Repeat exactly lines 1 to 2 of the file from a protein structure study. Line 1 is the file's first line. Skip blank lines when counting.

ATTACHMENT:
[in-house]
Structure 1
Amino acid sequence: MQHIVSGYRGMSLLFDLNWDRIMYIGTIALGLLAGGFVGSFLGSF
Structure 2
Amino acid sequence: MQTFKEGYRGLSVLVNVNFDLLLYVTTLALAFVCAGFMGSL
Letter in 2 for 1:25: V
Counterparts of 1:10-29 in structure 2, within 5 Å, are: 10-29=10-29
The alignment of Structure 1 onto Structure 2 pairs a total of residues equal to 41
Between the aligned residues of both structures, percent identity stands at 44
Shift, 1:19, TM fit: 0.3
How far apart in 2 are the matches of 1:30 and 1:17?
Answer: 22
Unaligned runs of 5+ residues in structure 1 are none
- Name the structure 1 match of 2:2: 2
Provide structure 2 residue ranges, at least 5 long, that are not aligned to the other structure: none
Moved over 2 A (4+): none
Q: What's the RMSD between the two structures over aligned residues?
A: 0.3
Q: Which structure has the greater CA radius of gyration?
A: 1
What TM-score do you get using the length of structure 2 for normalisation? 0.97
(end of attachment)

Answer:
[in-house]
Structure 1